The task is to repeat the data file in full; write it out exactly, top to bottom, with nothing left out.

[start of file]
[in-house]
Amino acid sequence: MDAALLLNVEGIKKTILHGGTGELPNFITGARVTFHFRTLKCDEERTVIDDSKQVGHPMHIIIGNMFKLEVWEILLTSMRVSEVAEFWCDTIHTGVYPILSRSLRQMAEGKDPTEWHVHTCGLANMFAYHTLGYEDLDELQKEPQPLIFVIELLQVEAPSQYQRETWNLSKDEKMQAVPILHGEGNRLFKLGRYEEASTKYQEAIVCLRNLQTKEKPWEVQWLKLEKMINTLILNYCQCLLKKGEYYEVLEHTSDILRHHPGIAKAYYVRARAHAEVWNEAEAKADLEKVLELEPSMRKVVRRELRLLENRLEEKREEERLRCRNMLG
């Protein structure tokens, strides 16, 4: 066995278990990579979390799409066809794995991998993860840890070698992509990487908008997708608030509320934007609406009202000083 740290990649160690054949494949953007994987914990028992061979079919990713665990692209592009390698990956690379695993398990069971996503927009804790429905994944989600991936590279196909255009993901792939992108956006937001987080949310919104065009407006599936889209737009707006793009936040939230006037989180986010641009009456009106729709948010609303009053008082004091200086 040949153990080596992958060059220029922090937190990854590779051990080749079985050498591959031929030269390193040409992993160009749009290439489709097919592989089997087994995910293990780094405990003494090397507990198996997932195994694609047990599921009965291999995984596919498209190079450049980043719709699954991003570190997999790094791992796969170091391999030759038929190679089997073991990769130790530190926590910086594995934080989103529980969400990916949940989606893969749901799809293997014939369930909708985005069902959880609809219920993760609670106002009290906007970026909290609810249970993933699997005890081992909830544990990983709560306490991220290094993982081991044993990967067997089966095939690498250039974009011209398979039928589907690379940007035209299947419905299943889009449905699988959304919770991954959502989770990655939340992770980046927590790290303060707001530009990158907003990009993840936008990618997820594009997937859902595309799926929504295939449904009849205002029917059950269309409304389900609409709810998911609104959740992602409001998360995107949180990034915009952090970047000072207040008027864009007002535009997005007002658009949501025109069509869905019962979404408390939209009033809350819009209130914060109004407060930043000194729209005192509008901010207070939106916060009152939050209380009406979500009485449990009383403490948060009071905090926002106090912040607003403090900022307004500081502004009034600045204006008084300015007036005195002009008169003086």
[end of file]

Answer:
[in-house]
Amino acid sequence: MDAALLLNVEGIKKTILHGGTGELPNFITGARVTFHFRTLKCDEERTVIDDSKQVGHPMHIIIGNMFKLEVWEILLTSMRVSEVAEFWCDTIHTGVYPILSRSLRQMAEGKDPTEWHVHTCGLANMFAYHTLGYEDLDELQKEPQPLIFVIELLQVEAPSQYQRETWNLSKDEKMQAVPILHGEGNRLFKLGRYEEASTKYQEAIVCLRNLQTKEKPWEVQWLKLEKMINTLILNYCQCLLKKGEYYEVLEHTSDILRHHPGIAKAYYVRARAHAEVWNEAEAKADLEKVLELEPSMRKVVRRELRLLENRLEEKREEERLRCRNMLG
């Protein structure tokens, strides 16, 4: 066995278990990579979390799409066809794995991998993860840890070698992509990487908008997708608030509320934007609406009202000083 740290990649160690054949494949953007994987914990028992061979079919990713665990692209592009390698990956690379695993398990069971996503927009804790429905994944989600991936590279196909255009993901792939992108956006937001987080949310919104065009407006599936889209737009707006793009936040939230006037989180986010641009009456009106729709948010609303009053008082004091200086 040949153990080596992958060059220029922090937190990854590779051990080749079985050498591959031929030269390193040409992993160009749009290439489709097919592989089997087994995910293990780094405990003494090397507990198996997932195994694609047990599921009965291999995984596919498209190079450049980043719709699954991003570190997999790094791992796969170091391999030759038929190679089997073991990769130790530190926590910086594995934080989103529980969400990916949940989606893969749901799809293997014939369930909708985005069902959880609809219920993760609670106002009290906007970026909290609810249970993933699997005890081992909830544990990983709560306490991220290094993982081991044993990967067997089966095939690498250039974009011209398979039928589907690379940007035209299947419905299943889009449905699988959304919770991954959502989770990655939340992770980046927590790290303060707001530009990158907003990009993840936008990618997820594009997937859902595309799926929504295939449904009849205002029917059950269309409304389900609409709810998911609104959740992602409001998360995107949180990034915009952090970047000072207040008027864009007002535009997005007002658009949501025109069509869905019962979404408390939209009033809350819009209130914060109004407060930043000194729209005192509008901010207070939106916060009152939050209380009406979500009485449990009383403490948060009071905090926002106090912040607003403090900022307004500081502004009034600045204006008084300015007036005195002009008169003086």